Plaintiff Jason Steger alleges that in October of 2016, plaintiff was admitted to defendant CSJ Providence St. Joseph Medical Center with abdominal pain, and that defendants, various medical providers, negligently performed a colonoscopy procedure on plaintiff which perforated his colon in multiple areas. Plaintiff alleges that after the procedure, his pain worsened, and he went into septic shock. Plaintiff alleges that he ultimately underwent a total colectomy with ileostomy and other procedures, and his entire colon was removed.

On September 6, 2019, the court heard a motion for summary judgment brought by defendant Providence St. Joseph Medical Center. The motion was granted in a detailed minute order. The court found that the expert declaration submitted by moving defendant sufficiently established that the conduct of the hospital fell within the applicable standard of care, and nothing the hospital did caused or contributed to injury to plaintiff Steger, shifting the burden to plaintiff to raise triable issues of material fact. The court noted that in opposition to the motion, plaintiff had failed to submit any expert medical testimony at all, and that, although plaintiff had made argument in support of finding vicarious liability on the part of the hospital for the conduct of Dr. Kasher and Dr. Kao, plaintiff had failed to offer expert medical evidence establishing that these physicians fell below the standard of care or engaged in acts or omissions which were the medical cause of plaintiff’s injuries. The court ruled that defendant had submitted evidence sufficient to meet its initial burden on the lack of a breach and the absence of medical causation, and further ruled:

“This evidence is not disputed by plaintiff, who instead argues that moving defendants is [sic] responsible for the medical negligence of other defendants, without submitting any expert evidence on that alleged medical negligence. Without any competent expert evidence of negligence or medical causation, plaintiff will be unable to establish his only cause of action against the moving defendant.”

On October 25, 2019, the court heard a Motion for New Trial brought by plaintiff seeking a new trial of the matter, or, in the alternative, an order vacating the court’s order granting summary judgment. The motion was denied in a detailed minute order, including to the extent relief was sought under CCP § 473. After argument, the court denied the motion, “except that Denial of the Plaintiff Jason Steger’s Motion under Section 473(b) of the Code of Civil Procedure is DENIED without prejudice.”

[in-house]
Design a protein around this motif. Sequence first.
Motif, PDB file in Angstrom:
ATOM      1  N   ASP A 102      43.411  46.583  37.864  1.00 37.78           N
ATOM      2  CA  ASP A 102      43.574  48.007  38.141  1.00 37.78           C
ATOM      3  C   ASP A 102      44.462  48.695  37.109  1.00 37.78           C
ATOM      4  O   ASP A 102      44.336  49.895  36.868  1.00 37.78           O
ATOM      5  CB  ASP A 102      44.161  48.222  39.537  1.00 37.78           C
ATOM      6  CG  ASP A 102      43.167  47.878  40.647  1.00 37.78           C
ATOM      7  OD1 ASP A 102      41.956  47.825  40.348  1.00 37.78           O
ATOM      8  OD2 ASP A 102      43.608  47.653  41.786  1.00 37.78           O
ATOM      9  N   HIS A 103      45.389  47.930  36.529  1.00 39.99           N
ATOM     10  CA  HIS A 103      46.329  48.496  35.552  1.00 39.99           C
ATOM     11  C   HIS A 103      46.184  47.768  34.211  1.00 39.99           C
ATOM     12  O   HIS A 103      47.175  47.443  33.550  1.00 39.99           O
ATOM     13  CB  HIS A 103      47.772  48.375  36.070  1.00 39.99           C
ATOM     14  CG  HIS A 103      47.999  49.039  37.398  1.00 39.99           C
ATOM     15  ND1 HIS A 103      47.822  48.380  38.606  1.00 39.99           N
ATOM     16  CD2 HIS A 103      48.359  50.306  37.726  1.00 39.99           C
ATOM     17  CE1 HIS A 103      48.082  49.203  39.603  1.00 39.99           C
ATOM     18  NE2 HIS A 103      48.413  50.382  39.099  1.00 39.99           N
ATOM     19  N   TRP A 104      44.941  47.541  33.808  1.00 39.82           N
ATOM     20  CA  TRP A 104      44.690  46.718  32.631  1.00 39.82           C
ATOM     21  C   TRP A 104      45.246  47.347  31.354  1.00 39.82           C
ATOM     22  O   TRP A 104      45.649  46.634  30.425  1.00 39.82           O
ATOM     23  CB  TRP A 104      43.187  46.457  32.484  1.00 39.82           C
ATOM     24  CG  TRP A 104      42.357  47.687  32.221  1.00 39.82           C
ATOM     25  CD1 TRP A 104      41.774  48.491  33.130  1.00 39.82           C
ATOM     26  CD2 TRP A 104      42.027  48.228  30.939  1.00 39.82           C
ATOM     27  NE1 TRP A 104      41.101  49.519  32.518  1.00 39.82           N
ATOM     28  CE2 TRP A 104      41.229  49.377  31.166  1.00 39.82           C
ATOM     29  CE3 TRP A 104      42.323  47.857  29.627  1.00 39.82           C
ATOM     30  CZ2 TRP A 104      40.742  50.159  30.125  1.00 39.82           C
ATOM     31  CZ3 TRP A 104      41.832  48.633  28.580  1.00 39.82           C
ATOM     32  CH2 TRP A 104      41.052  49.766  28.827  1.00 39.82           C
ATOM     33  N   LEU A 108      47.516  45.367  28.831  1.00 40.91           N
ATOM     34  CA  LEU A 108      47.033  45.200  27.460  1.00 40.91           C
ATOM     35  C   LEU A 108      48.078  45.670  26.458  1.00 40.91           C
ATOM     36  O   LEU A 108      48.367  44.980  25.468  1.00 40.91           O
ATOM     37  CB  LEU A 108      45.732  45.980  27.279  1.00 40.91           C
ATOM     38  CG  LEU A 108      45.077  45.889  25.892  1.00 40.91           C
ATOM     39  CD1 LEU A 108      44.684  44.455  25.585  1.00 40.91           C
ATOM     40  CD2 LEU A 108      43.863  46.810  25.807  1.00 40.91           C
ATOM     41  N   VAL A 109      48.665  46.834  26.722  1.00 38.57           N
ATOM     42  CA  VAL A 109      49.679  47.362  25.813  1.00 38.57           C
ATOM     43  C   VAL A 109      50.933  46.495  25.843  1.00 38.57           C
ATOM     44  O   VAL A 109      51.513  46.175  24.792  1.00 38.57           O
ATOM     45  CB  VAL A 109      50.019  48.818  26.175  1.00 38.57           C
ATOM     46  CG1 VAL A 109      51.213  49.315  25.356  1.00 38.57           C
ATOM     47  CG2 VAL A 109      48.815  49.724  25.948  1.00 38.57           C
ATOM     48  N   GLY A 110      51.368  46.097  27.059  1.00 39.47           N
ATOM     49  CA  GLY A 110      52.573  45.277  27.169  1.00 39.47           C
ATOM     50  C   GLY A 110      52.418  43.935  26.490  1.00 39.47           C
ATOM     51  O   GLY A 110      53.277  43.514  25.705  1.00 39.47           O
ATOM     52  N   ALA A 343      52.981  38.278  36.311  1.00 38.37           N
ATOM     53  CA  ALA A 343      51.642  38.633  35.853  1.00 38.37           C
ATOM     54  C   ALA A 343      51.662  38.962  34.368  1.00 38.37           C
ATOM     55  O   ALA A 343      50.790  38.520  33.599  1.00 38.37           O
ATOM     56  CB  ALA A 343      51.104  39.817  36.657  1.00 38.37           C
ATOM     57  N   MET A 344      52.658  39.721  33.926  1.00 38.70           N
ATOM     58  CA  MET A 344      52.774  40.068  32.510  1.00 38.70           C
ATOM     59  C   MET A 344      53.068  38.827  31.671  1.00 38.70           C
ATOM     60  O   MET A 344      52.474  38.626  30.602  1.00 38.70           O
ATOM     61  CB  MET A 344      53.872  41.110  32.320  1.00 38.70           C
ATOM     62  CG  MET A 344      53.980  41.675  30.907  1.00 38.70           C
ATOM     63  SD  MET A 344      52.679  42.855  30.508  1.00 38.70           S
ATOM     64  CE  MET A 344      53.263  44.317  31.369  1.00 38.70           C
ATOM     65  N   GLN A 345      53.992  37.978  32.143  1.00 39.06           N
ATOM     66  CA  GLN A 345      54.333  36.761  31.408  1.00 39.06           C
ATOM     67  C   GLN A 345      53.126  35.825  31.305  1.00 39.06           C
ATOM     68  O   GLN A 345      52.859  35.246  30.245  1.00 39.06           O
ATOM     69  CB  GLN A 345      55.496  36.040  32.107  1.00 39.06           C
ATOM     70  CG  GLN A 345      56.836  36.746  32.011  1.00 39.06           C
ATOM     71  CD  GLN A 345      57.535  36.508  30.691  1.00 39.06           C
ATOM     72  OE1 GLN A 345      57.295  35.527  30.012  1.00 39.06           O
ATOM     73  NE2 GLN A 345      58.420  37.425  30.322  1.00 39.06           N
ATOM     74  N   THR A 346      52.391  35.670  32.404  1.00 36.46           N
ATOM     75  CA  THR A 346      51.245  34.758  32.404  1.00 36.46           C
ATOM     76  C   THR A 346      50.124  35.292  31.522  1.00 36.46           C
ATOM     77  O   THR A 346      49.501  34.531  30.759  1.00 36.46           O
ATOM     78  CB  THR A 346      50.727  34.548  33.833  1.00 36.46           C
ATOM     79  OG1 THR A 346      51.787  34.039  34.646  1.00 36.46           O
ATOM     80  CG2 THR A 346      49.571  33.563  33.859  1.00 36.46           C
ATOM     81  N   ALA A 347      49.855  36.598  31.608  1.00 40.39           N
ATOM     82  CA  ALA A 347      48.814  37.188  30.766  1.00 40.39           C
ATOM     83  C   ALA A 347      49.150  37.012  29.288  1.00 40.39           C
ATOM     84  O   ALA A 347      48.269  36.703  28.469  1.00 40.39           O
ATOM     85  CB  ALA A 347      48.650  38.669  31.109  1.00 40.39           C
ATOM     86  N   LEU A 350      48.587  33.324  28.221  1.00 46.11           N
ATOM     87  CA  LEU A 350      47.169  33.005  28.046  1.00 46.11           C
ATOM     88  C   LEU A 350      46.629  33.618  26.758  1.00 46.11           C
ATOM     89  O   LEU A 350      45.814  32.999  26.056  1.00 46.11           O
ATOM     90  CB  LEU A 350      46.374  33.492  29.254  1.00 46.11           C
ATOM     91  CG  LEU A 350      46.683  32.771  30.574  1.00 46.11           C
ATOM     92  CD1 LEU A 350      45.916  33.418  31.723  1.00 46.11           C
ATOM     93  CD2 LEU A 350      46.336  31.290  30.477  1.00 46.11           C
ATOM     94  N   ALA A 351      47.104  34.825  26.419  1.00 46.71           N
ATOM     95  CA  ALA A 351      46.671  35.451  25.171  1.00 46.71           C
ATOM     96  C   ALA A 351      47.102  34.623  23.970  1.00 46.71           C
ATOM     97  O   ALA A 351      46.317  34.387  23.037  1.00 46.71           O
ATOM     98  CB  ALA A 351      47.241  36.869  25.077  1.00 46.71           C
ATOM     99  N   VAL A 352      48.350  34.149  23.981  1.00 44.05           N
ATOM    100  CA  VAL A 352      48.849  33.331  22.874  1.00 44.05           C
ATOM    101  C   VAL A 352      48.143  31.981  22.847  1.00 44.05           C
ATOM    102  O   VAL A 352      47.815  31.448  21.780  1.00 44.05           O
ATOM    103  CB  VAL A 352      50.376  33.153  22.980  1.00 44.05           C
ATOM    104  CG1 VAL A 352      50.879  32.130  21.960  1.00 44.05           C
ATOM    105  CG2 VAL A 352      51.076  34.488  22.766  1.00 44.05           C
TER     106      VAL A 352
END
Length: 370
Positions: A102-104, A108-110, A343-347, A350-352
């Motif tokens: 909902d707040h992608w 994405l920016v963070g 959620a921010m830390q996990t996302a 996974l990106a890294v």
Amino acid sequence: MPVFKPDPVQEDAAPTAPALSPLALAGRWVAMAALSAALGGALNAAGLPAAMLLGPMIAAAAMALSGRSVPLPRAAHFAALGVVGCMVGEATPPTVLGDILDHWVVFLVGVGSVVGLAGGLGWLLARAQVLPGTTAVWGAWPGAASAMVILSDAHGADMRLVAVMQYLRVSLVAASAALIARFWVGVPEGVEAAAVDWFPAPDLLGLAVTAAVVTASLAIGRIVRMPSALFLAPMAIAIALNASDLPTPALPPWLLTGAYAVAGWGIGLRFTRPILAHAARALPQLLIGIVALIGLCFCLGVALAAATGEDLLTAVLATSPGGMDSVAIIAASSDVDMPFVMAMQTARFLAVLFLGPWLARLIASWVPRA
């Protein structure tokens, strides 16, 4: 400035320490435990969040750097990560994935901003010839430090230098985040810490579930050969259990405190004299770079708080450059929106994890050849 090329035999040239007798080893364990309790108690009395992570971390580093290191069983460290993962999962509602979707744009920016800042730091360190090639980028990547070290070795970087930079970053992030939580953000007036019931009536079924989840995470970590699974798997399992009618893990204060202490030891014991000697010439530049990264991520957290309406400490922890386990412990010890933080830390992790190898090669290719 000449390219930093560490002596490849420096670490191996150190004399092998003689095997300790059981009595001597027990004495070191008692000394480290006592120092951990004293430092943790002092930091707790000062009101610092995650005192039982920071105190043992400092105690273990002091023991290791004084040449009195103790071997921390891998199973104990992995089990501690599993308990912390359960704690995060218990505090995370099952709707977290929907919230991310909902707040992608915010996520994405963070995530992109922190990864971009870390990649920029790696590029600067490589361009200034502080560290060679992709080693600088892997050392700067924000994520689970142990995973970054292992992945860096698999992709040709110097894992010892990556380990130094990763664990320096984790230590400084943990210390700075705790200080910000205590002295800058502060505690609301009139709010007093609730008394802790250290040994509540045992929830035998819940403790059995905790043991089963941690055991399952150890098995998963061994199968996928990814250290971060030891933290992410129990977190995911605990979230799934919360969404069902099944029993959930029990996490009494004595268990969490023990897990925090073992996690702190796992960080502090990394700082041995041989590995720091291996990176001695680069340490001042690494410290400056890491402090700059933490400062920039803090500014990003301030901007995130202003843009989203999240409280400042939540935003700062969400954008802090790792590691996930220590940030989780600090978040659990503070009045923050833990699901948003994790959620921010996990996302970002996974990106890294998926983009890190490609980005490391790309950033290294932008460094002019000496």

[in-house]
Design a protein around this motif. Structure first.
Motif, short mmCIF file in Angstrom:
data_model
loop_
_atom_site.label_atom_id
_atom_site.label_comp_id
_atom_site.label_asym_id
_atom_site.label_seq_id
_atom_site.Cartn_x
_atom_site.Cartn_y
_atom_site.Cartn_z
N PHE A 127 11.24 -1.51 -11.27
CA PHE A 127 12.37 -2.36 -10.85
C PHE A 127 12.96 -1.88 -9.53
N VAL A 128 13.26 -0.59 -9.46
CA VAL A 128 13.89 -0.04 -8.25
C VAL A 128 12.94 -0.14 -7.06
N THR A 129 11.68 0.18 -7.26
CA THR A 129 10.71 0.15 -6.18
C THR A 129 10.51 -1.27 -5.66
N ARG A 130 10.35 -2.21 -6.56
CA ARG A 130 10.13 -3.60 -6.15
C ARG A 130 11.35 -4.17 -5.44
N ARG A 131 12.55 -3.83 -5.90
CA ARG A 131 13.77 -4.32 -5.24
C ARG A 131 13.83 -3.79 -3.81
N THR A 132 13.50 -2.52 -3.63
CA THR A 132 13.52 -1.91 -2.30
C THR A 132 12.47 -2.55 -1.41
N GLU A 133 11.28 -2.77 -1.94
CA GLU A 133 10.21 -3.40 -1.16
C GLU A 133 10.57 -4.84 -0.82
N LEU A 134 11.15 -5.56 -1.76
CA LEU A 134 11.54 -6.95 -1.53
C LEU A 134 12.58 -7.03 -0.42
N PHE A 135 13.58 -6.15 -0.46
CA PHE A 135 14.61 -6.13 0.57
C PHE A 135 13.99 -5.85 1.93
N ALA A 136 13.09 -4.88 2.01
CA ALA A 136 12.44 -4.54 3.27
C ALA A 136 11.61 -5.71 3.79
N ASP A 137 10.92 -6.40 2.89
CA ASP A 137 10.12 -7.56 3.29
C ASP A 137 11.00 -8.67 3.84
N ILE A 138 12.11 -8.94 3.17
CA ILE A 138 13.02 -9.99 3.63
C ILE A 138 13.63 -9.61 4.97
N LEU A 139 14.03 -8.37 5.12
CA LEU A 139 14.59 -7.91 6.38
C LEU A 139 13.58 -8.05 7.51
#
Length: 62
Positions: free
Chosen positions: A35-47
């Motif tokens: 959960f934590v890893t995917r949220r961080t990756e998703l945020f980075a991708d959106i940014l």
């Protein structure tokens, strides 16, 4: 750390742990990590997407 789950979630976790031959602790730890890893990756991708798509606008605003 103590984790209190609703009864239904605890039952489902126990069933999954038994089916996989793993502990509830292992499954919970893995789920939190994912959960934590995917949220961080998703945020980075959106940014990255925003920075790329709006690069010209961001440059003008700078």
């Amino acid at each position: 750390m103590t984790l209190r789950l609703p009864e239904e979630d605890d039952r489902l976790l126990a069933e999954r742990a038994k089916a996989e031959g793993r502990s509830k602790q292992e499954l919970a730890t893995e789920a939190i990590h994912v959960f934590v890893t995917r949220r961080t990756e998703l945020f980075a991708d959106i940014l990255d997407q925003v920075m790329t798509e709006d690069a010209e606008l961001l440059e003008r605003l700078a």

Plaintiff now brings a motion under CCP § 473 (b).

ANALYSIS:

Plaintiff seeks relief under CCP § 473(b), specifically the following provision:

“The court may, upon any terms as may be just, relieve a party or his or her legal representative from a judgment, dismissal, order, or other proceeding taken against him or her through his or her mistake, inadvertence, surprise, or excusable neglect.”

The court had previously denied relief sought under this section in connection with the motion for new trial under CCP § 473 (b) as follows:

“Regardless of under what statutory theory relief is sought, the Amended Declaration of Blake J. Lindeman submitted with the moving papers does not include a sworn affidavit attesting to and accepting responsibility for any mistake, inadvertence, surprise or neglect, and the declaration does not set forth any facts which would support a finding that the failure to previously submit the subject declaration was a due to excusable neglect. The Second District in Generale Bank Nederland v. Eyes of the Beholder Ltd (1998) 61 Cal.App.4th 1384, 1402 reviewed the “reasonably prudent person standard” governing a determination of “excusable neglect” and concluded with respect to attorney conduct:

“Conduct falling below the professional standard of care, such as failure to timely object or to properly advance an argument, is not therefore excusable. To hold otherwise would be to eliminate the express statutory requirement of excusability and effectively eviscerate the concept of attorney malpractice.”

Generale Bank, at 1400, quoting Garcia v. Hejmadi (1997, 2nd Dist.) 58 Cal.App.4th 674, 682-683.

The argument, unsupported by any evidence, appears to be that counsel did not believe an expert declaration was necessary under the circumstances, or any evidence establishing that the conduct of the purported ostensible agents would support the cause of action for medical malpractice against the moving defendant hospital. This evidence was required at the summary judgment motion because the Defendant Hospital’s expert witness declaration shifted the burden of proof as to professional negligence to the plaintiff. The hospital is entitled to a factual recitation of its alleged negligence and as to the other doctors who may have treated plaintiff that day. See Bushling, Jennings v. Palomer Pomerado Health Systems, Inc. (2003) 114 Cal.App.4th 1108. This contention is effectively an argument that counsel failed to properly advance an argument at the previous hearing, and, even if supported by evidence, would be insufficient to establish excusable neglect.”